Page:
Police called in as Hong Kong and China tensions spread to UK universities

Camilla Turner
Hong Kong and Chinese students have had a series of clashes in university cities across the UK  - David Rose

Police have been called following a series of clashes between Hong Kong and Chinese students as universities are accused of failing to protect them. 

Students across the UK have told The Sunday Telegraph how they have been threatened, intimidated, harassed and in some cases physically assaulted by their Chinese peers while staging pro-democracy protests. 

It comes amid warnings that Chinese students from the mainland are being directed by the state to defend Communist China.

In one instance, a student from Hong Kong said that while she was printing out flyers for a rally she was attacked by a group of six Chinese students who pinned her up against the wall. 

Hong Kong students at Sheffield and Liverpool universities said they are now too scared to go to lectures where there are a lot of Chinese students, following heated showdowns.

It comes as protests in Hong Kong spin into their fifth month, as anger continues to grow over what demonstrators see as escalating police brutality. 

In Sheffield city centre, violent clashes last week saw a Hong Kong student being hit by a bottle and a 19-year-old arrested by police under suspicion of committing a public order offence. He was given a caution, while a 25-year-old student is being investigated by the university.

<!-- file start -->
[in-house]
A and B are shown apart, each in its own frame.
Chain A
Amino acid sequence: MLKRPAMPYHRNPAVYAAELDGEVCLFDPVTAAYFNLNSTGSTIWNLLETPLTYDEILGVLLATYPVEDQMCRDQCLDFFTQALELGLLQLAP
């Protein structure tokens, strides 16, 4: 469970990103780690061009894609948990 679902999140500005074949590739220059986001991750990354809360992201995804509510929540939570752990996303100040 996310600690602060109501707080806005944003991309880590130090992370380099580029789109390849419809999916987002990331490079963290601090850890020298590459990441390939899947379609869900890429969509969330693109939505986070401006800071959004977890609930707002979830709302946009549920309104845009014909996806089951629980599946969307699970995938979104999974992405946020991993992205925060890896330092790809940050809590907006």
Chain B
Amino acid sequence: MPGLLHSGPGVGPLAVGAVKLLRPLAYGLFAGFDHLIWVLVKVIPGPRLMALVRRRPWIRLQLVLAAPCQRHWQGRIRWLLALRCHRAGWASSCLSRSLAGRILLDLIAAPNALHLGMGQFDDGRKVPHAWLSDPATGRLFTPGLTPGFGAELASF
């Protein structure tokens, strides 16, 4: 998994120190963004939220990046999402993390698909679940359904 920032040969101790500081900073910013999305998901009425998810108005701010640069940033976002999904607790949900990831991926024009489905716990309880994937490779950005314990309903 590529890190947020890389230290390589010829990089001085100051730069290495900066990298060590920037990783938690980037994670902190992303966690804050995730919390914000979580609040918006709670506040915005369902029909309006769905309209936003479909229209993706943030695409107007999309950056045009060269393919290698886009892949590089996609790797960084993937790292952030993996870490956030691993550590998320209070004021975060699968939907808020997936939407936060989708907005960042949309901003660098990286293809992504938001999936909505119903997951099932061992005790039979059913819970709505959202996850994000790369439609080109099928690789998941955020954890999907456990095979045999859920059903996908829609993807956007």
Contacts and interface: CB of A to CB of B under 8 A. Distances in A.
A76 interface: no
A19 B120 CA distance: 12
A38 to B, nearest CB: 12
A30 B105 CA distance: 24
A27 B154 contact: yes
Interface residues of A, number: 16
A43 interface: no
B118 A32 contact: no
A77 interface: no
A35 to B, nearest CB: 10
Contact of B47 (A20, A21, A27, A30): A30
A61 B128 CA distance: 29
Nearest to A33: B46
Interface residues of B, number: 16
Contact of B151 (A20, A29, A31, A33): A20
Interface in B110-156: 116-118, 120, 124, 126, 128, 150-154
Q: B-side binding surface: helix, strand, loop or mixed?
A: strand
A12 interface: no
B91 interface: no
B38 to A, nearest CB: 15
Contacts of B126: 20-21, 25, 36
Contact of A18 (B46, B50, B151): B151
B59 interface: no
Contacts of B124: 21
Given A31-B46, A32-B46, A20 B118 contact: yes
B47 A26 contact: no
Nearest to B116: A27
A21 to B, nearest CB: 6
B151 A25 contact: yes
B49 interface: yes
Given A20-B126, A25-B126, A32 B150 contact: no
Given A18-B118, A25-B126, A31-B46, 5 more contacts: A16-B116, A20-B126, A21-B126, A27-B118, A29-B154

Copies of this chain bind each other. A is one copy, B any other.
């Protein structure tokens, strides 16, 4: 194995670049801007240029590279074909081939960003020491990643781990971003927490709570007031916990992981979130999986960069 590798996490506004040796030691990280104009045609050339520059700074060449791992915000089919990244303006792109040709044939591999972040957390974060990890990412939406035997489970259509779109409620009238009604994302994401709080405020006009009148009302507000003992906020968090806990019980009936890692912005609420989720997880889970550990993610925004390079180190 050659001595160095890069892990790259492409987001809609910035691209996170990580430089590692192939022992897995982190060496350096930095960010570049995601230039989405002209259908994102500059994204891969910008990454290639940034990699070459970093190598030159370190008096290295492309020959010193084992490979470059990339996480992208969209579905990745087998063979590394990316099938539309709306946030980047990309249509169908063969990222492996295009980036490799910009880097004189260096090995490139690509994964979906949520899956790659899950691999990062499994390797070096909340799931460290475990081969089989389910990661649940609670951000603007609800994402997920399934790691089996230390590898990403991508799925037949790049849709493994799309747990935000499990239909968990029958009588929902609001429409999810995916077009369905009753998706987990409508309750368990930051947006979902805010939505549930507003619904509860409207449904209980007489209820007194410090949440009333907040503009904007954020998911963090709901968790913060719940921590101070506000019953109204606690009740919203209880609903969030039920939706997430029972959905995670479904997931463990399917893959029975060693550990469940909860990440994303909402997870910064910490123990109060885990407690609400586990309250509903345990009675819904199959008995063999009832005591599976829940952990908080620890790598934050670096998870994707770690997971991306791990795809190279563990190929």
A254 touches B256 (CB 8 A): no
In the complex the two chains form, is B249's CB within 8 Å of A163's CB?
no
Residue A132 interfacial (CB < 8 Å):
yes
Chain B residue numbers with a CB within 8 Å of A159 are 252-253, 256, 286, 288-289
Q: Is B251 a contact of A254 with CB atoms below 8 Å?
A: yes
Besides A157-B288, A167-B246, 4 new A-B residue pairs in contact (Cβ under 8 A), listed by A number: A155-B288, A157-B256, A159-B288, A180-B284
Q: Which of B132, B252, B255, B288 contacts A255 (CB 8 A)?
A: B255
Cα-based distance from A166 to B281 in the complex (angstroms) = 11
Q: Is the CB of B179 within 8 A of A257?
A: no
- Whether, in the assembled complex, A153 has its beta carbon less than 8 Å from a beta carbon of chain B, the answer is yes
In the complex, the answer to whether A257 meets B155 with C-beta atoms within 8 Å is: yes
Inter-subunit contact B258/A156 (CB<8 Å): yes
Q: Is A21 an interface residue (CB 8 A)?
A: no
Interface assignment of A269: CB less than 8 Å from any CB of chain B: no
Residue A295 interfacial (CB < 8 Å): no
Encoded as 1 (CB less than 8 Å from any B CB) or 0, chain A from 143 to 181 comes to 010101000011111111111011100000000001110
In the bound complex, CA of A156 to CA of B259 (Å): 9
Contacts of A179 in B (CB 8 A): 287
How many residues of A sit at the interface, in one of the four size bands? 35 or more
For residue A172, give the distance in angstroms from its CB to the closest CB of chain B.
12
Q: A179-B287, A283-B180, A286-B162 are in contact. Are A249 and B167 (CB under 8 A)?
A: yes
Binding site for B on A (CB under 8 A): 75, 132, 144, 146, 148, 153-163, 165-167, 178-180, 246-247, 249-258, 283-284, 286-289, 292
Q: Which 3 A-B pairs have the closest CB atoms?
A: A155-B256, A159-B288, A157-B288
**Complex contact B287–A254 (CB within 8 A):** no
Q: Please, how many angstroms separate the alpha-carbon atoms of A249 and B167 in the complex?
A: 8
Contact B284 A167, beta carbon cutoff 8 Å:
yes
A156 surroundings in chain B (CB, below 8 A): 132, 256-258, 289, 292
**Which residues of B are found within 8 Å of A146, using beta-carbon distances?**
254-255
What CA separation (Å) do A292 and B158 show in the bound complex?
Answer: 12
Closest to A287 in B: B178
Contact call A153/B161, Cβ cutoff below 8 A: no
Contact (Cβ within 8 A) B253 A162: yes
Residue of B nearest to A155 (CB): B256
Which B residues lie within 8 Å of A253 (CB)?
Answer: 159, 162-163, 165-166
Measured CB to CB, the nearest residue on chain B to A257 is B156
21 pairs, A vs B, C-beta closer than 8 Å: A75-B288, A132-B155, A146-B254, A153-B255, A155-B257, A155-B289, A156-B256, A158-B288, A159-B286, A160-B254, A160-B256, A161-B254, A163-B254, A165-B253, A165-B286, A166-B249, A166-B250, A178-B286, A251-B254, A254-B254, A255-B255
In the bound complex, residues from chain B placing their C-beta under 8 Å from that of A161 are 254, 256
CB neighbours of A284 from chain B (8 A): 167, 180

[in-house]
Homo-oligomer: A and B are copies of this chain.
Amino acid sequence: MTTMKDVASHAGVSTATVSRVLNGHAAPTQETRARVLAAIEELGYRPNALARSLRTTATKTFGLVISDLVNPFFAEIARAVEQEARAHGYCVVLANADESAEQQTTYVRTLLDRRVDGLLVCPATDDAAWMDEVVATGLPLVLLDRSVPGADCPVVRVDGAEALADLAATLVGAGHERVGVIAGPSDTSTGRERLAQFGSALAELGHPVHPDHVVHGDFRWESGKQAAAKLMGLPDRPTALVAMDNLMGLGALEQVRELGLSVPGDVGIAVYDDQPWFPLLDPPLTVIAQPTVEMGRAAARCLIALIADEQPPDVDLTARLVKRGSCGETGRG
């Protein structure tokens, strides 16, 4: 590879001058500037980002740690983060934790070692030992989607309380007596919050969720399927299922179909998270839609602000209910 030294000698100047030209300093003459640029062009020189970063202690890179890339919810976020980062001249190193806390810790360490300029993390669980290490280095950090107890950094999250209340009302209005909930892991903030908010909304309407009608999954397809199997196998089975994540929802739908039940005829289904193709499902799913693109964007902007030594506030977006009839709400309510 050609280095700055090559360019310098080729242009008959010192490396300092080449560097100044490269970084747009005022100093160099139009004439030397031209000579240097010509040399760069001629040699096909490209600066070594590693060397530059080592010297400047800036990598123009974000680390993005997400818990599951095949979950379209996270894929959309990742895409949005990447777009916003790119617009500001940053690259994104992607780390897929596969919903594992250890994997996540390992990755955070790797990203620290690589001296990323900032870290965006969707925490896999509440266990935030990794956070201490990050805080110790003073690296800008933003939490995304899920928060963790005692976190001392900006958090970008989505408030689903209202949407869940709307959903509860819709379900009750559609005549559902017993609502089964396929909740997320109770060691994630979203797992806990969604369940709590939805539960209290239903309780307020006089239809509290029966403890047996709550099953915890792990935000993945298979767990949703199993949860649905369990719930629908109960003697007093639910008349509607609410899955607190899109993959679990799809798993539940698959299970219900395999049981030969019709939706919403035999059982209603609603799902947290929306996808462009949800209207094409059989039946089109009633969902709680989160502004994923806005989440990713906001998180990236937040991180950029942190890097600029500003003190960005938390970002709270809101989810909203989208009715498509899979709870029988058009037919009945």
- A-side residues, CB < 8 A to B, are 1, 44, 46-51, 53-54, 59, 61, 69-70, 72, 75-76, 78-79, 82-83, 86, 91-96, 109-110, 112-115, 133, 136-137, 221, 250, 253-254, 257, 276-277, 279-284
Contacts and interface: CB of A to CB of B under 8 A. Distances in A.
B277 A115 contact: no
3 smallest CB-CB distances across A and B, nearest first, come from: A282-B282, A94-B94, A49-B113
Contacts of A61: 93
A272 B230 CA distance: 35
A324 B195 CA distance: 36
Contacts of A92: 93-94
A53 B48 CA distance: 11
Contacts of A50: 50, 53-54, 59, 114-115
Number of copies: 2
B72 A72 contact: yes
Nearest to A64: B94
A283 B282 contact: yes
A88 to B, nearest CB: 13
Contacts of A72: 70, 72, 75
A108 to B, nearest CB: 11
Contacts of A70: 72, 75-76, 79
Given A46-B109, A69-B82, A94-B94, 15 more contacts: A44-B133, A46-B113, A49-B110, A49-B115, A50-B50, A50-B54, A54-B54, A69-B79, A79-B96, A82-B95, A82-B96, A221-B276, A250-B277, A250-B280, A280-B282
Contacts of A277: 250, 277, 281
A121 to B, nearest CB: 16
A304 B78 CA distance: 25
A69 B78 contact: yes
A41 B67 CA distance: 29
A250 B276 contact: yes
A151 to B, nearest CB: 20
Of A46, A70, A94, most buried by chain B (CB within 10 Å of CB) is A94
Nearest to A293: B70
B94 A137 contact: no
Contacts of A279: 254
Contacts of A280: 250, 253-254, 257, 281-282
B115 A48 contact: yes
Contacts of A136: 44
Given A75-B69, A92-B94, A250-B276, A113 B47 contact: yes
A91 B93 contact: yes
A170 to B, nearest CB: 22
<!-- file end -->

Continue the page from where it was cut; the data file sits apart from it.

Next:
"There was a Chinese student who even threatened that he would kill us if we openly criticise China," said a second year software engineering student at Sheffield. 

"I never thought he would actually throw glass bottles at us, it reminded me of being on the train in Hong Kong when pro-China triads assaulted me. I thought Sheffield was a safe city. Why should I suffer from a similar situation as I did in Hong Kong when I am now in the UK?"

Vincent Mak, president of Sheffield's Hong Kong society, said that students feel the lack of support they have received from the university has been "shocking".

"There is a very serious sense of hyped up nationalism among Chinese students," he said. "I don’t think the university understands the severity of the danger that we face as Hong Kong students. 

"We don’t trust the university can help us anymore. We don’t feel safe in Sheffield, we don’t feel welcome here. There are more Chinese students who bring more profit to the university. As a stake holoder we don’t have much more say."

The number of Chinese students applying to British universities has increased by 30 per cent since last year, from 15,240 to 19,760. 

There is huge demand among the growing Chinese middle class for their children to have an English education, while British institutions are rushing to cash in on the higher, international student tuition fees they bring in.

Nick Hillman, director of the Higher Education Policy Institute, said that universities have become “over-reliant” on student numbers from China in recent years.